Hypertension is a common disease. The World Health Organization (WHO) reported that hypertension affects 1.13 billion people worldwide, especially in low- and middle-income countries.
If you want to avoid hypertension, you need to know more about the causes and risk factors to be able able to notice the problem early -in case it affects you- and seek early treatment. Keep in mind it is mostly asymptomatic and may progress to dangerous complications without remarkable effects (which is why is named a silent killer).
Hypertension is classified according to its causes into types:
- Primary hypertension (Essential hypertension): This type has no apparent causes, but it has a strong association with some risk factors.
It is the most common and represents 90-95% of hypertensive patients.
- Secondary hypertension: This type has specific causes leading to it.
It is less common and represents 5-10% of hypertensive patients.
First, let’s discuss the risk factors of primary hypertension.
These risk factors are divided into two categories:
A) Non-modifiable risk factors (personal risk factors):
- Age: The risk of hypertension increases with age as the walls of blood vessels lose their elasticity. It is more common among people over 65 years, and uncommon among patients aged 20 years or less.
- Gender: Below the age of 50, hypertension affects males more than females, but after 50, it affects females more than males due to the hormonal changes in menopause.
- Familial history: Hypertension runs in families. Thus, the risk is higher in people from families with a medical history of this disease.
- Race: The risk of hypertension is higher in black people (e.g. African-American people). They usually develop hypertension at an earlier age and will be more susceptible to its complications than other races.
B) Modifiable risk factors:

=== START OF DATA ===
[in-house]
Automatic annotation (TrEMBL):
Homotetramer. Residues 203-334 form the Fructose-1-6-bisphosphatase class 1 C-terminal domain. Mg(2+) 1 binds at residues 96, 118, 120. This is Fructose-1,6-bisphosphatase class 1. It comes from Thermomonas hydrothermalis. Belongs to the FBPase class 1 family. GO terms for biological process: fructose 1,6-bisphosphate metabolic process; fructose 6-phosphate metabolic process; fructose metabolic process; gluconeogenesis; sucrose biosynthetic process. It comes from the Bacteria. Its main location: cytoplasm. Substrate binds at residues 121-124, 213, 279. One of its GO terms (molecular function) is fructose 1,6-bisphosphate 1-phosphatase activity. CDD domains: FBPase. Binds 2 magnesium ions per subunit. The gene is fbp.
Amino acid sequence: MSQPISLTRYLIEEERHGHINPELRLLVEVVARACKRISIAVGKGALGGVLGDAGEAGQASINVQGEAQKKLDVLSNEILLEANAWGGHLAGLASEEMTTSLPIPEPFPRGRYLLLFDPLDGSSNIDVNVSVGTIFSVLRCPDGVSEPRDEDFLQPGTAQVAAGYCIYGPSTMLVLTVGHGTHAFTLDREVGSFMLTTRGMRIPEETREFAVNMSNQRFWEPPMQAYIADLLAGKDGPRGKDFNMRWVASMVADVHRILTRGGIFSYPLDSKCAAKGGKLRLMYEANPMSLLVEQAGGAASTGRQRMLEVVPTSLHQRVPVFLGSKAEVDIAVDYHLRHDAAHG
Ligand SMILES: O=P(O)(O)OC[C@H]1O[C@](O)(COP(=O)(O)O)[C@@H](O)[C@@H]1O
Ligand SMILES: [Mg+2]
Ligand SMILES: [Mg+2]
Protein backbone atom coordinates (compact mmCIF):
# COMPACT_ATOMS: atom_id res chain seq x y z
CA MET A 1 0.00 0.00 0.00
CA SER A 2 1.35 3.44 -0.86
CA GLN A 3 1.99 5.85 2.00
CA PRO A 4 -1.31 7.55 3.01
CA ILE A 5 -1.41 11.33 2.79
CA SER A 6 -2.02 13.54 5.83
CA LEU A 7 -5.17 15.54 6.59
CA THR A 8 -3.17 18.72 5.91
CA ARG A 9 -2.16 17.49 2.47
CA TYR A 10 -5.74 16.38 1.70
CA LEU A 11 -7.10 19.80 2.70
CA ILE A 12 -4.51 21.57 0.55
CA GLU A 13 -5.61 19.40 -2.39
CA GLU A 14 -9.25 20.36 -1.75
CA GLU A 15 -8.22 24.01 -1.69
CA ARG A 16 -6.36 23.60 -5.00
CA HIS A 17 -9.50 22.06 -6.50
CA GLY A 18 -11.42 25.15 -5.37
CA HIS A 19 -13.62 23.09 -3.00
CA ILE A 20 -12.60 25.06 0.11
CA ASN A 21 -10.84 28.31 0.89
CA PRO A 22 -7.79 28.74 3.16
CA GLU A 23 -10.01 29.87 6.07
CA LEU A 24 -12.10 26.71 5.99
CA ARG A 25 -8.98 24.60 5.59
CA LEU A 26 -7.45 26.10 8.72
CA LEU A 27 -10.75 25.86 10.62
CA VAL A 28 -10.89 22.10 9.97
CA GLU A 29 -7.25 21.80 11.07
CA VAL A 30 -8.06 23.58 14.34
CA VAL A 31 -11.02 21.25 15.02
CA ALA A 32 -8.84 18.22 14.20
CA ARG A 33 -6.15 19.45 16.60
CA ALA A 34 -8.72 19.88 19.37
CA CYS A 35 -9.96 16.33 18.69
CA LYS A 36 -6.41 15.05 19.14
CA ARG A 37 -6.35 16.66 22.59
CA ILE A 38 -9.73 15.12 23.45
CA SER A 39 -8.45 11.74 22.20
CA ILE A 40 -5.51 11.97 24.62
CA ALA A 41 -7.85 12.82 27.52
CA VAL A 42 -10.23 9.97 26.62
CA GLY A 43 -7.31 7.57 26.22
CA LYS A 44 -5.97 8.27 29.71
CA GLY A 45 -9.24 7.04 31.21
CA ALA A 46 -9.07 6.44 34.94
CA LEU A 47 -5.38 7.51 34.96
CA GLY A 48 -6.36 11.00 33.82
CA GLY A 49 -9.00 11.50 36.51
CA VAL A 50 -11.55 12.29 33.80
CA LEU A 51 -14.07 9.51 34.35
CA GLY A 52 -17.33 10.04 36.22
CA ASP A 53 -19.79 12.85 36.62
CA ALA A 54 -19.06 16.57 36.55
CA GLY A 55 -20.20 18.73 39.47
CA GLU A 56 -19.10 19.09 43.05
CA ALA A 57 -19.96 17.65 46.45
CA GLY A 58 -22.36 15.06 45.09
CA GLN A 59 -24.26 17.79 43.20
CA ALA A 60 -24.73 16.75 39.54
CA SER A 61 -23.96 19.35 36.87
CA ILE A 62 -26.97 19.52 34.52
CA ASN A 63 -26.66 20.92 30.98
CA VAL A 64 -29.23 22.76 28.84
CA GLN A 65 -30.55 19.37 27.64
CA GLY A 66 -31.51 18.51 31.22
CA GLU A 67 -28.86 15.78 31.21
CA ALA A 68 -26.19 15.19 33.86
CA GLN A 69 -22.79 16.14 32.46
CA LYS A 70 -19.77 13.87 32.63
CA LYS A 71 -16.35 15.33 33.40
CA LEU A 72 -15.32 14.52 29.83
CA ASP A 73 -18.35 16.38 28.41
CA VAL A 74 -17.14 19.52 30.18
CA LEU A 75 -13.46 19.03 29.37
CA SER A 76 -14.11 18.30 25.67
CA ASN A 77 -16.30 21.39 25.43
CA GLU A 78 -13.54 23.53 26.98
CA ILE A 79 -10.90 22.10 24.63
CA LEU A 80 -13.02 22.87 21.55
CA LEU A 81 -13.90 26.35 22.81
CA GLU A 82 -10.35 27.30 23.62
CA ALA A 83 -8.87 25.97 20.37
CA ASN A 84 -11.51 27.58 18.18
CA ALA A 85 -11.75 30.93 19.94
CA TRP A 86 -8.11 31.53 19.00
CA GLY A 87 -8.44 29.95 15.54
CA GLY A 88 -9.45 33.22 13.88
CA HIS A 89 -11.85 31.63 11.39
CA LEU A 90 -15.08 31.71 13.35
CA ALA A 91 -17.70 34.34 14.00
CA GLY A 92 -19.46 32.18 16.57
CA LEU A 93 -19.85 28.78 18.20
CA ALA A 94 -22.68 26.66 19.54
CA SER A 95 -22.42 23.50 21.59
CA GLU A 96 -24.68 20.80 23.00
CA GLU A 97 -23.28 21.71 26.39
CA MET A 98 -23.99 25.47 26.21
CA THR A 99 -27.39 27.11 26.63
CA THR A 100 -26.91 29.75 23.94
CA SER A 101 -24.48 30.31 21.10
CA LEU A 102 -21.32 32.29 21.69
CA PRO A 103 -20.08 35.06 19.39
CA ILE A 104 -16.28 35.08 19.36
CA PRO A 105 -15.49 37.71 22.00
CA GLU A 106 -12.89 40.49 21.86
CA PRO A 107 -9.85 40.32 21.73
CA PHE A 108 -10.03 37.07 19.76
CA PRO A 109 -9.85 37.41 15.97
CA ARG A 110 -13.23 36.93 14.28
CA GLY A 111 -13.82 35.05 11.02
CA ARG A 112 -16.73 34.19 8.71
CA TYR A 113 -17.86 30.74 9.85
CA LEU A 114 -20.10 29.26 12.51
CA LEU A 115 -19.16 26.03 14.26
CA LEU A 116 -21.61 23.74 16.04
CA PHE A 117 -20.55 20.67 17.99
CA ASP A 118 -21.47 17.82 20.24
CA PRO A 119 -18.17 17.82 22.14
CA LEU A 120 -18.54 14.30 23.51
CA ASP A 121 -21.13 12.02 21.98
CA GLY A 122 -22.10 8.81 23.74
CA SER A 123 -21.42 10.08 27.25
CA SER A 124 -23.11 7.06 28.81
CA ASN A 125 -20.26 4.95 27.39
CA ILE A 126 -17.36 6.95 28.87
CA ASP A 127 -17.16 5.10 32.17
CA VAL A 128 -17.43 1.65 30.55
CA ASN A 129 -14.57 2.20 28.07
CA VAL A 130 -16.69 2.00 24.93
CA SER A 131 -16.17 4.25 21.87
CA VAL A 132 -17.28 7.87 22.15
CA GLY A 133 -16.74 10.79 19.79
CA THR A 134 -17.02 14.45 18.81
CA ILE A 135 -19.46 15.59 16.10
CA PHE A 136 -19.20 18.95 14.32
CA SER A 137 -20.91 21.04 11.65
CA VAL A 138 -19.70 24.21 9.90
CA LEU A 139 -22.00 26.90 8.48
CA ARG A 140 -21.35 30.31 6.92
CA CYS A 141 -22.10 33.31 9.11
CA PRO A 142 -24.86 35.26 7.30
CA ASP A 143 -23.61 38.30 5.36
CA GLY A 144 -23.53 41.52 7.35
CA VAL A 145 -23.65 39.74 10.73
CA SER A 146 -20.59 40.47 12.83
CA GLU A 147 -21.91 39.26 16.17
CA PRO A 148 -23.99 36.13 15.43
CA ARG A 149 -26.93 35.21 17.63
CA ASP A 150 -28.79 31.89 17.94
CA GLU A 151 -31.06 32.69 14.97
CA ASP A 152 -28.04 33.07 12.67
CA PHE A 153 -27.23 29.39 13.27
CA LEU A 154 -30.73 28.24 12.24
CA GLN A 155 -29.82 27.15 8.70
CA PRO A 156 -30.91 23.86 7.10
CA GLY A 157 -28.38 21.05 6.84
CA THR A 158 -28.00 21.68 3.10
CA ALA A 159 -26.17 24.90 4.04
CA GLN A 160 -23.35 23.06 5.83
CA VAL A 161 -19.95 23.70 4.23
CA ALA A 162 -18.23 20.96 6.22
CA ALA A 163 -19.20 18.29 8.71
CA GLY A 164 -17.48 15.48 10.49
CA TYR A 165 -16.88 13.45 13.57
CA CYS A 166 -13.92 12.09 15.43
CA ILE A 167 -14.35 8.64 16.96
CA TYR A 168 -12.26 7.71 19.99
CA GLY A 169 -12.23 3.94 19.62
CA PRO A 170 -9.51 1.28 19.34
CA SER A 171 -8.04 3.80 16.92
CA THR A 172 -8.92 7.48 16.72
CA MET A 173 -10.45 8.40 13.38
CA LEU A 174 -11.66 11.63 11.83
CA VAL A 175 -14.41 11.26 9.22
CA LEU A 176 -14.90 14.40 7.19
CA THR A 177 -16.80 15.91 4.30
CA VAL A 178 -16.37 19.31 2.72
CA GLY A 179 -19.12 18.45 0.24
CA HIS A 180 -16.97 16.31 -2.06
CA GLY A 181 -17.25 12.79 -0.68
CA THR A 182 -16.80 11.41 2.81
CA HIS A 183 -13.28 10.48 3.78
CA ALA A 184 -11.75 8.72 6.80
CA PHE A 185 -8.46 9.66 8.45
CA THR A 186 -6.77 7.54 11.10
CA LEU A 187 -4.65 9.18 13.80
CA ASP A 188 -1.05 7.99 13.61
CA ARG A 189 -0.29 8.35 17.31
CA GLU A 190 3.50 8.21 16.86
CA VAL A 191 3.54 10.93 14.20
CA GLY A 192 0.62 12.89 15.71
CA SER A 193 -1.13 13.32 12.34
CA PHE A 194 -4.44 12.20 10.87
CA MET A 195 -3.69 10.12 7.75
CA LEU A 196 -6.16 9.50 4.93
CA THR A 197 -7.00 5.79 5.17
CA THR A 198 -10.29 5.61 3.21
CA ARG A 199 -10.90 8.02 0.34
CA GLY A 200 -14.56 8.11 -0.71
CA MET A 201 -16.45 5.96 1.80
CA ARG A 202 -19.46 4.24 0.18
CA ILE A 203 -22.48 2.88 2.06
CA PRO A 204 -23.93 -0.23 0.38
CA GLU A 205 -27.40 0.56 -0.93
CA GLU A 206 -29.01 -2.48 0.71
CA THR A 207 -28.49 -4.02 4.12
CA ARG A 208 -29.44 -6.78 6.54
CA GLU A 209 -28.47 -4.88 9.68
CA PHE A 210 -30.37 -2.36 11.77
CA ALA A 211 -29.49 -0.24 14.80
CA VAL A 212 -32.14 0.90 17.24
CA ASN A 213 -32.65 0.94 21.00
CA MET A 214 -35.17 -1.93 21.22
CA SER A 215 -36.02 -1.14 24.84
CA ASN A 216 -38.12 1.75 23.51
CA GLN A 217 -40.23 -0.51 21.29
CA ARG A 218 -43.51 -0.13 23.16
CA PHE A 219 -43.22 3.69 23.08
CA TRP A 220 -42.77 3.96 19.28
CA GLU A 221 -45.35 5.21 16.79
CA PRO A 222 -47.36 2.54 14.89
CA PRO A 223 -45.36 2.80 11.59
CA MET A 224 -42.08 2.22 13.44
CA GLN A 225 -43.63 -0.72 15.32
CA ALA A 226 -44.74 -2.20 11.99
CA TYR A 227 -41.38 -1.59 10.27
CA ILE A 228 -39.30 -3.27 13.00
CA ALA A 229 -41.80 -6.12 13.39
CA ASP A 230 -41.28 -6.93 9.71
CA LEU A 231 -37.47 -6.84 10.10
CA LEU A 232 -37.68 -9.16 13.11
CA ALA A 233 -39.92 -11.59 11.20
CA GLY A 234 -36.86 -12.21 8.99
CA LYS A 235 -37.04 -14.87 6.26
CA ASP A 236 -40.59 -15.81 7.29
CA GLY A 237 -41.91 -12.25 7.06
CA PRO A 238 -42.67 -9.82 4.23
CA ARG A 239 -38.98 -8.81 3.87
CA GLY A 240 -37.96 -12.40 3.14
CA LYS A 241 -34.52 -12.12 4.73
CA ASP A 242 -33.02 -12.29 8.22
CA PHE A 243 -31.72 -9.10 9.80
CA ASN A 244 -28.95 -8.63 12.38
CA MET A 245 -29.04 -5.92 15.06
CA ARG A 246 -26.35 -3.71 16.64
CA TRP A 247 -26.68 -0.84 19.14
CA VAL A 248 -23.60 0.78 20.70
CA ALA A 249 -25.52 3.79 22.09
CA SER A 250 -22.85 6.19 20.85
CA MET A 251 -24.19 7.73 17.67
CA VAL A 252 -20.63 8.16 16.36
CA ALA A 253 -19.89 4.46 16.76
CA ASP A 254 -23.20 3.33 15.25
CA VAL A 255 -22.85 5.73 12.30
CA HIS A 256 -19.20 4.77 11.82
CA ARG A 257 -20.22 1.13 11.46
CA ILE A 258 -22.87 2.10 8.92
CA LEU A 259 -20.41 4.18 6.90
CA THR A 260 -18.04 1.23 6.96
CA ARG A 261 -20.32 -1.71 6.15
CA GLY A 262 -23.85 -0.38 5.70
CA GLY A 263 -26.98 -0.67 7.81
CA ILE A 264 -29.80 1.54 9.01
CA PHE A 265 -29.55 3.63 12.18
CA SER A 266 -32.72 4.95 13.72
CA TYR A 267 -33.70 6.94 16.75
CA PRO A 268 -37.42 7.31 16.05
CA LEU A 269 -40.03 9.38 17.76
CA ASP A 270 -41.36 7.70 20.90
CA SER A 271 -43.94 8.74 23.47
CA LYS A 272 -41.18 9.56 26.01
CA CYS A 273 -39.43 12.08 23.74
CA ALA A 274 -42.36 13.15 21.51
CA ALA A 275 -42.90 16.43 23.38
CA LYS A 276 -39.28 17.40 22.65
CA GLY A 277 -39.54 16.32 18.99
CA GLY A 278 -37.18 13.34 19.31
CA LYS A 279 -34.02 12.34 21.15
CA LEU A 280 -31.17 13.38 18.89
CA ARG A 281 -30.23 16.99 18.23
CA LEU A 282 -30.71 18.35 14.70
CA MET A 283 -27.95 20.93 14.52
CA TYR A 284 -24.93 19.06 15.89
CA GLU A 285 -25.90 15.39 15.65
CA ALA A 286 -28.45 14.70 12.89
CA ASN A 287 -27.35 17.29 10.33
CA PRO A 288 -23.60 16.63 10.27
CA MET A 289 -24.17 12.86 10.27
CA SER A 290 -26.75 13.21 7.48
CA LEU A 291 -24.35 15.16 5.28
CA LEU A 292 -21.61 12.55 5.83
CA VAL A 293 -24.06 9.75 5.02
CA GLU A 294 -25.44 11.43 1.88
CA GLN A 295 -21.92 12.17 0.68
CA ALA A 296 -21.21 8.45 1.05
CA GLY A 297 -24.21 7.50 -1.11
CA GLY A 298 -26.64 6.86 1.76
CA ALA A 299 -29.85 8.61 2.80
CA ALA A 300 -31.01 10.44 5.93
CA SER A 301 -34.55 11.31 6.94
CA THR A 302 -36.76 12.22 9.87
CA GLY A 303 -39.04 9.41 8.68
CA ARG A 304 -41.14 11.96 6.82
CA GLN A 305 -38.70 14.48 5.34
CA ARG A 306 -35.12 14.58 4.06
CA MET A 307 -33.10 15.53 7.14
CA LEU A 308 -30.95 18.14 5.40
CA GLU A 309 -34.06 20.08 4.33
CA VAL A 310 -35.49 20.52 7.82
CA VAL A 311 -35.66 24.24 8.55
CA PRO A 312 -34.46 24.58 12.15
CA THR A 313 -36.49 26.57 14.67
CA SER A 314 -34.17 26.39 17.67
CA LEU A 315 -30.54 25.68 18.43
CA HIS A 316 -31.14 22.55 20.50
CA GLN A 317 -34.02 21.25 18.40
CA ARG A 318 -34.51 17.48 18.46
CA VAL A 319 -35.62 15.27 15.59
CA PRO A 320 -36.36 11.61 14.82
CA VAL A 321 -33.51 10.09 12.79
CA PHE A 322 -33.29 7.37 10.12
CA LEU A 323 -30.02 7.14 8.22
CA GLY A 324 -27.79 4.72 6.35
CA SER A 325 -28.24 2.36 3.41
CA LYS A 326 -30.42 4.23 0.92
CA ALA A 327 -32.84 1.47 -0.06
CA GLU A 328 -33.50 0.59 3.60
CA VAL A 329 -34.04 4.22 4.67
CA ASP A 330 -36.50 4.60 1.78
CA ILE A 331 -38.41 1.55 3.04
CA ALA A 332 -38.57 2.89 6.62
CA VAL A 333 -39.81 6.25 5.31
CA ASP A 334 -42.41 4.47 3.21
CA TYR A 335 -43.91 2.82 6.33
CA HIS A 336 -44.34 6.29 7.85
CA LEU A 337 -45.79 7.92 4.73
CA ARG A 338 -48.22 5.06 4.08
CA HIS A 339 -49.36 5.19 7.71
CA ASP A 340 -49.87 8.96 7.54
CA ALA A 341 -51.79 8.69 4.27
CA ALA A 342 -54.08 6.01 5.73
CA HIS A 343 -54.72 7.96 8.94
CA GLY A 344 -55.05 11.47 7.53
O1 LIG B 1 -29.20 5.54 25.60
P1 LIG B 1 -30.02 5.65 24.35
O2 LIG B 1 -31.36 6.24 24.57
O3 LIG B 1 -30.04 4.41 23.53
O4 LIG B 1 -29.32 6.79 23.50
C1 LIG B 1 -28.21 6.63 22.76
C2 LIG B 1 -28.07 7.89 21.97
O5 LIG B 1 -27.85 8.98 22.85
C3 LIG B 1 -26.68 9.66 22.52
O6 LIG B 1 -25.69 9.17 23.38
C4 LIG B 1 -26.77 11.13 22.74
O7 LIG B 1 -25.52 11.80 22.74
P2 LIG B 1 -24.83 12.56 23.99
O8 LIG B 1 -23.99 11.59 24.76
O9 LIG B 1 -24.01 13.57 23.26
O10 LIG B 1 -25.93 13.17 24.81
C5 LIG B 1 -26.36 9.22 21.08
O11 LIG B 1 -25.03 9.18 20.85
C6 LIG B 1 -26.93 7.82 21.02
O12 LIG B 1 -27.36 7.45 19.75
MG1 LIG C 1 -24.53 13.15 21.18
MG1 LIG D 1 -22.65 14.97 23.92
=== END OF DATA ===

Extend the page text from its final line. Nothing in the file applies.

- Smoking: It is a common risk factor that damages the walls of blood vessels and causes hypertension.
Also, passive smoking (exposure to smokers’ smoke) increases the risk for non-smokers.
- Obesity and overweight: The risk of hypertension is higher in obese and overweight people.
Excess weight results in an increased need for oxygen and nutrient supply, which forces the heart to work harder, increases the blood volume in the arteries and increases the pressure on their walls causing hypertension.
The Framingham Heart Study (robust cardiovascular risk study continued for 44 years) reported that obesity and overweight caused 26% of the hypertension cases in males and 28% in females.
- Unhealthy diet: An unhealthy diet increases the risk of hypertension, especially salty and fatty diet.
- Lots of salt (sodium) retains the fluids in your body, which increases the blood volume and causes hypertension.
- Also, a fatty diet (rich in saturated fatty acids) accumulates cholesterol in your blood vessels and damages their walls. More than 50% of hypertensive patients have high cholesterol in their blood.
- Also, a diet rich in calories and sugar increases the risk of hypertension.
- Lack of physical activity: Lack of physical activity in your lifestyle increases the risk of hypertension.
Inactive people have a high risk of obesity.
Also, they have an elevated heart rate which forces the heart to work harder and increases the pressure in the arteries causing hypertension.
- Alcohol: Excessive drinking raises the risk of hypertension because it increases the risk of obesity and overweight as well as the fats in the blood, which damages the walls of blood vessels.
- Stress: Busy, noisy, sophisticated urban life increases the risk of hypertension due to chronic stress, which raises other risk factors such as alcohol drinking and smoking.